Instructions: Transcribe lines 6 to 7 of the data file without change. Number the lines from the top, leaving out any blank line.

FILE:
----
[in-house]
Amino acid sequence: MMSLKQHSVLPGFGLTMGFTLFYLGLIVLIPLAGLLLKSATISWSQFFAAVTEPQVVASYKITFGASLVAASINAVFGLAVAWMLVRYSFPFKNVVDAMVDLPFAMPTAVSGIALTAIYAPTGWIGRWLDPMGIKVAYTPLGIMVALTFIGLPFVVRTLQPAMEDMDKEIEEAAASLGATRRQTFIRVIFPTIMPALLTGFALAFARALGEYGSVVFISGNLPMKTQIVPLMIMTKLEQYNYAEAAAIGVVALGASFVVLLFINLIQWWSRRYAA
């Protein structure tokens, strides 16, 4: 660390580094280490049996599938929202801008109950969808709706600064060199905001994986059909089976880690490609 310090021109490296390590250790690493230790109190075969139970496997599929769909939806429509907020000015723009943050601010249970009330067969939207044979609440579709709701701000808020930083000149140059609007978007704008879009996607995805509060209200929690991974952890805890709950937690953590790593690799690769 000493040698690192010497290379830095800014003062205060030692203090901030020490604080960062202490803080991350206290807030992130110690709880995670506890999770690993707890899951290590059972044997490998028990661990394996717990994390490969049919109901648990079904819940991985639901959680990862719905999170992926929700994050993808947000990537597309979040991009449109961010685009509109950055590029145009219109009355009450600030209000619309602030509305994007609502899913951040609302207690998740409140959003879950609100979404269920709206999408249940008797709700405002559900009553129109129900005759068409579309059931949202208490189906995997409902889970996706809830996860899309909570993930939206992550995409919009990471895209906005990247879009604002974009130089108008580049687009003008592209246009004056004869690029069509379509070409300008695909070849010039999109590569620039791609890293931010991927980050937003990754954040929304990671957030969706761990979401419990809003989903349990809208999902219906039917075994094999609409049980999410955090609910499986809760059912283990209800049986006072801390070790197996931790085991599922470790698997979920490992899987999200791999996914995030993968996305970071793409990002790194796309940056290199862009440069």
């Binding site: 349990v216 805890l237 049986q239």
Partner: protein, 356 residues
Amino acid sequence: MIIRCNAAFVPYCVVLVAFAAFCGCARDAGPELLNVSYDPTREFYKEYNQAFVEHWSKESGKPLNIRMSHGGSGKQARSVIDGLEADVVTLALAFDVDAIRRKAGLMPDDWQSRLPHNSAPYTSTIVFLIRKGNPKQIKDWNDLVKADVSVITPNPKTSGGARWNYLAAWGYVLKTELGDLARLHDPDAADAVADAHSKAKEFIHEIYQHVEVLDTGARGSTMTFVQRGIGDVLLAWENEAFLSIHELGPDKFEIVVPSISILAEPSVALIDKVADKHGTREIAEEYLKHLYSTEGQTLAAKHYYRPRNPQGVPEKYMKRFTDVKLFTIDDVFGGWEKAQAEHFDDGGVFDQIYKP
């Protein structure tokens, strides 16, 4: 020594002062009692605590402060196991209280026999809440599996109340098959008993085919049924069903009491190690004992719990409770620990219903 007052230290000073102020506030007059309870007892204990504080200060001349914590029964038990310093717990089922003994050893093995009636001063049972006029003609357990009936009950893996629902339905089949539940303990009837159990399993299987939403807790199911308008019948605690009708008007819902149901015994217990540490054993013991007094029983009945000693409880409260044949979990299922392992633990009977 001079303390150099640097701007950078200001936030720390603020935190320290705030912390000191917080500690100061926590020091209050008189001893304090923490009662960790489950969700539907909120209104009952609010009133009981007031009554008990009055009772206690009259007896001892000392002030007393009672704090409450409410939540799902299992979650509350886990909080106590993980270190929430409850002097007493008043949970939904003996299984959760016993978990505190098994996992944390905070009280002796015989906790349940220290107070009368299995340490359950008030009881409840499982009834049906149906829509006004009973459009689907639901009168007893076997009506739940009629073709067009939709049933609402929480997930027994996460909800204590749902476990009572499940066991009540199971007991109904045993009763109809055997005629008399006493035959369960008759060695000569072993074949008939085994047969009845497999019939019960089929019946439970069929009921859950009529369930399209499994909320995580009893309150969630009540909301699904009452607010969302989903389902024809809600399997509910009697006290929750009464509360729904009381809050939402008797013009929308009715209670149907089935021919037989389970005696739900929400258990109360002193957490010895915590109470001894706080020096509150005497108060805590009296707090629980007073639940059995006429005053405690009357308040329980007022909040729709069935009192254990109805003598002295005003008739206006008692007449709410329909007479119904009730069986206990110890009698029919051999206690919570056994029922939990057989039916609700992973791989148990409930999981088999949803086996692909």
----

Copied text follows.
Amino acid sequence: MIIRCNAAFVPYCVVLVAFAAFCGCARDAGPELLNVSYDPTREFYKEYNQAFVEHWSKESGKPLNIRMSHGGSGKQARSVIDGLEADVVTLALAFDVDAIRRKAGLMPDDWQSRLPHNSAPYTSTIVFLIRKGNPKQIKDWNDLVKADVSVITPNPKTSGGARWNYLAAWGYVLKTELGDLARLHDPDAADAVADAHSKAKEFIHEIYQHVEVLDTGARGSTMTFVQRGIGDVLLAWENEAFLSIHELGPDKFEIVVPSISILAEPSVALIDKVADKHGTREIAEEYLKHLYSTEGQTLAAKHYYRPRNPQGVPEKYMKRFTDVKLFTIDDVFGGWEKAQAEHFDDGGVFDQIYKP
């Protein structure tokens, strides 16, 4: 020594002062009692605590402060196991209280026999809440599996109340098959008993085919049924069903009491190690004992719990409770620990219903 007052230290000073102020506030007059309870007892204990504080200060001349914590029964038990310093717990089922003994050893093995009636001063049972006029003609357990009936009950893996629902339905089949539940303990009837159990399993299987939403807790199911308008019948605690009708008007819902149901015994217990540490054993013991007094029983009945000693409880409260044949979990299922392992633990009977 001079303390150099640097701007950078200001936030720390603020935190320290705030912390000191917080500690100061926590020091209050008189001893304090923490009662960790489950969700539907909120209104009952609010009133009981007031009554008990009055009772206690009259007896001892000392002030007393009672704090409450409410939540799902299992979650509350886990909080106590993980270190929430409850002097007493008043949970939904003996299984959760016993978990505190098994996992944390905070009280002796015989906790349940220290107070009368299995340490359950008030009881409840499982009834049906149906829509006004009973459009689907639901009168007893076997009506739940009629073709067009939709049933609402929480997930027994996460909800204590749902476990009572499940066991009540199971007991109904045993009763109809055997005629008399006493035959369960008759060695000569072993074949008939085994047969009845497999019939019960089929019946439970069929009921859950009529369930399209499994909320995580009893309150969630009540909301699904009452607010969302989903389902024809809600399997509910009697006290929750009464509360729904009381809050939402008797013009929308009715209670149907089935021919037989389970005696739900929400258990109360002193957490010895915590109470001894706080020096509150005497108060805590009296707090629980007073639940059995006429005053405690009357308040329980007022909040729709069935009192254990109805003598002295005003008739206006008692007449709410329909007479119904009730069986206990110890009698029919051999206690919570056994029922939990057989039916609700992973791989148990409930999981088999949803086996692909």